Mosquito is the deadliest animal in the world and also one of the smallest. According to World Health Organization (WHO) estimates, mosquito-borne diseases like malaria, zika, chikungunya, and yellow fever kill some 725,000 people a year.
New research into mosquito bite protection proposes a readily available natural molecule – cellulose to create a product that can prevent mosquito bites.
Cellulose is the most abundant organic compound on Earth. The main constituent of plant fiber breaks down into nanocrystals when treated with sulfuric acid. These cellulose nanocrystals (CNCs) form a strong, but transparent barrier film.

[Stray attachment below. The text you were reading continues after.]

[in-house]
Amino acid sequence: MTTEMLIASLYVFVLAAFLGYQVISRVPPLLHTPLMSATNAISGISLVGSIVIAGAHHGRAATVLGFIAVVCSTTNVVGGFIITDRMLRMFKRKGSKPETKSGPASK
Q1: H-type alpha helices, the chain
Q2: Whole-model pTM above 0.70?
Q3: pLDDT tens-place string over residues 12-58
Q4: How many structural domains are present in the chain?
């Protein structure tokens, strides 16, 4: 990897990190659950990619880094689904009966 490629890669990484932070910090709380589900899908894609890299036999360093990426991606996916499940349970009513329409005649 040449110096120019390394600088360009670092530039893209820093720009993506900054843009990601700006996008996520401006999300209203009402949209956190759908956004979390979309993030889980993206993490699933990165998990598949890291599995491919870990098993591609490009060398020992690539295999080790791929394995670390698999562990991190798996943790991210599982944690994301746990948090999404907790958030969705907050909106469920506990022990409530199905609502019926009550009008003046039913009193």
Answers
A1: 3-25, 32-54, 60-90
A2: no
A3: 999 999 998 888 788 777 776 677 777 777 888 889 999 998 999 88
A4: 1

This cheap and plentiful biological molecule is readily available as lumber industry waste, as well as local food and paper waste.
Scientists found that when mixed with water and a little glycerine, these cellulose nanocrystals (CNCs) can be applied to the skin as a spray or gel to block the mosquito’s bite.
The cellulose nanocrystal gel does not create a physical barrier, it actually functions as “chemical camouflage”
It hides the volatile organic compounds (VOCs) emanating from the surface of human skin that the insects use as cues to find a meal.
In experiments, the thin film of CNC gel acted like a chemical camouflage and reduced 80% bites compared to a hand exposed to the insects without the biomaterial barrier.